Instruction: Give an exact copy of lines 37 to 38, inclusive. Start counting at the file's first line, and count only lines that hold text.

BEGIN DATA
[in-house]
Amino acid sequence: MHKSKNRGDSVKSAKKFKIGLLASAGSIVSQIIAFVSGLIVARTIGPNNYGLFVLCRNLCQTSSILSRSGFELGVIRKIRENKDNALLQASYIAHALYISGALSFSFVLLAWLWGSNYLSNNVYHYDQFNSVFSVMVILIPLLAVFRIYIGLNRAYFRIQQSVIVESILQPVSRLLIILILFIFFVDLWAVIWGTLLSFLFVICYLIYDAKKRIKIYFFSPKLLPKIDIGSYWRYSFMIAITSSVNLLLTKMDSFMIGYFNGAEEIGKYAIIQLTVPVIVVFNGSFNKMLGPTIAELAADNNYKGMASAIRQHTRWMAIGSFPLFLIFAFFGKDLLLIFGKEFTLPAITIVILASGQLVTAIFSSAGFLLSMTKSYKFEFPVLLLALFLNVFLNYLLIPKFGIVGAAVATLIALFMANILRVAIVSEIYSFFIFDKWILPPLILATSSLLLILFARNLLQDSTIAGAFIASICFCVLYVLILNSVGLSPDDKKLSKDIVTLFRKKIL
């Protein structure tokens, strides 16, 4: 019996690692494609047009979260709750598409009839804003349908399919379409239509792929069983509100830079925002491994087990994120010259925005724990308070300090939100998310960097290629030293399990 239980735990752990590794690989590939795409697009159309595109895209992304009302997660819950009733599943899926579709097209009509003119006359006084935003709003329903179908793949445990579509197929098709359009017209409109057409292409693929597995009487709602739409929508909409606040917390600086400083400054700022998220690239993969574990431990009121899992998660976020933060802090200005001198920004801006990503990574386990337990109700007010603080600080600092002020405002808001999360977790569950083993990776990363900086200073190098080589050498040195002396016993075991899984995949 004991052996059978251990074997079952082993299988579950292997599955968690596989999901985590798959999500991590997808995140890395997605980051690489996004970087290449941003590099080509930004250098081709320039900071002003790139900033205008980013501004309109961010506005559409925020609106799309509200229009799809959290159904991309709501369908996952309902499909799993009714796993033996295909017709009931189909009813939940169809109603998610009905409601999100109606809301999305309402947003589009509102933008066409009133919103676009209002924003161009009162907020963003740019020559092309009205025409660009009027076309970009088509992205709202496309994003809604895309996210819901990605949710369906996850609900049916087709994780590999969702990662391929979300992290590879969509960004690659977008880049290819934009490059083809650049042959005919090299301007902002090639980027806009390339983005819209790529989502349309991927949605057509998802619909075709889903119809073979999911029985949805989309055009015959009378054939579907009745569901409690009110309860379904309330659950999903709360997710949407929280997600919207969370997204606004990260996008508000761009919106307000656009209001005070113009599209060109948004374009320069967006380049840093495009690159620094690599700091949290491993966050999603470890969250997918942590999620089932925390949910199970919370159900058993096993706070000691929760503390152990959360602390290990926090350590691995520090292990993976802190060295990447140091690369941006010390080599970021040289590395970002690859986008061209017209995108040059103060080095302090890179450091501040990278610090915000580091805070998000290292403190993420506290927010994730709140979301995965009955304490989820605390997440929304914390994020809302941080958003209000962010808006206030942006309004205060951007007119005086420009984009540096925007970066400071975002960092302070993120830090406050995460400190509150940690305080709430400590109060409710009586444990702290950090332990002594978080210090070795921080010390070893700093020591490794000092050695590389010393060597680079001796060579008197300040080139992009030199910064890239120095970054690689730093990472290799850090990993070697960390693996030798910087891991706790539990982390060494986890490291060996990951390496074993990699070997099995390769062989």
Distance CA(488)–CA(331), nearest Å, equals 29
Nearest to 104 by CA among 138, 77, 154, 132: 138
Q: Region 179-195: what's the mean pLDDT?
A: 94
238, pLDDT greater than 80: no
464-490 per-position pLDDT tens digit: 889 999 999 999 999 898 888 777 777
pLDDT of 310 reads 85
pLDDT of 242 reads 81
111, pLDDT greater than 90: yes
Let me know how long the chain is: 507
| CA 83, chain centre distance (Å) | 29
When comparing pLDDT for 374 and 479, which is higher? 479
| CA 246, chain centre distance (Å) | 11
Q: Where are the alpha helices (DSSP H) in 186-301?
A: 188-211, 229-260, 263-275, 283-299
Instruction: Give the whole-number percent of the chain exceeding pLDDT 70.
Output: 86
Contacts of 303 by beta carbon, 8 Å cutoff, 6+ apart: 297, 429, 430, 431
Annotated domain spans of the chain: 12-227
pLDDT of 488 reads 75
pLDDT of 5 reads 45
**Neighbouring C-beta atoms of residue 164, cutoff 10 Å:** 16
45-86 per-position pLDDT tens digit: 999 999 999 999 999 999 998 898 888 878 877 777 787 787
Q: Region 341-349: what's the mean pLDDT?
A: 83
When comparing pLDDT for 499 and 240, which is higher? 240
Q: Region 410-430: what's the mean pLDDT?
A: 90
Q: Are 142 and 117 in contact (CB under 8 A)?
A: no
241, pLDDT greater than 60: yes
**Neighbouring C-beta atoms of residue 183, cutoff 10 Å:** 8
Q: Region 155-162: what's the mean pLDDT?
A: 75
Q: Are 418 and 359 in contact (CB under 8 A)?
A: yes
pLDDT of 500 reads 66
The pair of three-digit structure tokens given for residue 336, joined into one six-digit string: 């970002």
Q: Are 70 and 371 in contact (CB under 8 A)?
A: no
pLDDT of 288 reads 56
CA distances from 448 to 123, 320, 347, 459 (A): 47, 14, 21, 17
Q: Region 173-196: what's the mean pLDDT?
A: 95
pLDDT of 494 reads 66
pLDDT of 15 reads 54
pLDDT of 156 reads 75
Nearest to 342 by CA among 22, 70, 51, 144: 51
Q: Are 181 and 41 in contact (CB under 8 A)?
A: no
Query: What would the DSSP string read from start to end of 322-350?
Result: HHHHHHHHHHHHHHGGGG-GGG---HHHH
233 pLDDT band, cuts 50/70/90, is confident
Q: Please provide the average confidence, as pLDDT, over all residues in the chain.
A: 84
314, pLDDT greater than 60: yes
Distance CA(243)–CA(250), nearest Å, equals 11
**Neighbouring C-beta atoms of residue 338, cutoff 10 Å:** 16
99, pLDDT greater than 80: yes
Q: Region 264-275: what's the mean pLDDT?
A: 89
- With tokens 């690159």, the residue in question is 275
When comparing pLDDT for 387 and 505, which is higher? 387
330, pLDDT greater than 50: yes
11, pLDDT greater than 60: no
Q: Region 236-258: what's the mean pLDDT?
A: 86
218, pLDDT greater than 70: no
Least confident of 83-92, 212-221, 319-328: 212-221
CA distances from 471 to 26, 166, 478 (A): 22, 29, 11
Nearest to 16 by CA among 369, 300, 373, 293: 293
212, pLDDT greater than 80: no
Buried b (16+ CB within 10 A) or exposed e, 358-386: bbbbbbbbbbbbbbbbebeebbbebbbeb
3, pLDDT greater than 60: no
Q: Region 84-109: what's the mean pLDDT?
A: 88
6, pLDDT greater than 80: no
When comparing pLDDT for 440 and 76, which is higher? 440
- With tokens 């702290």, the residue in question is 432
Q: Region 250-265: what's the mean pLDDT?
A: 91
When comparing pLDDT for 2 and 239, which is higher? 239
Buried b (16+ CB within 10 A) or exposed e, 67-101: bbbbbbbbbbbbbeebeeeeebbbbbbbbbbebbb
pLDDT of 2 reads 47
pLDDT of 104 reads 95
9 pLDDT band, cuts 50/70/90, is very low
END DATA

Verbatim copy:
A: 75
Q: Are 418 and 359 in contact (CB under 8 A)?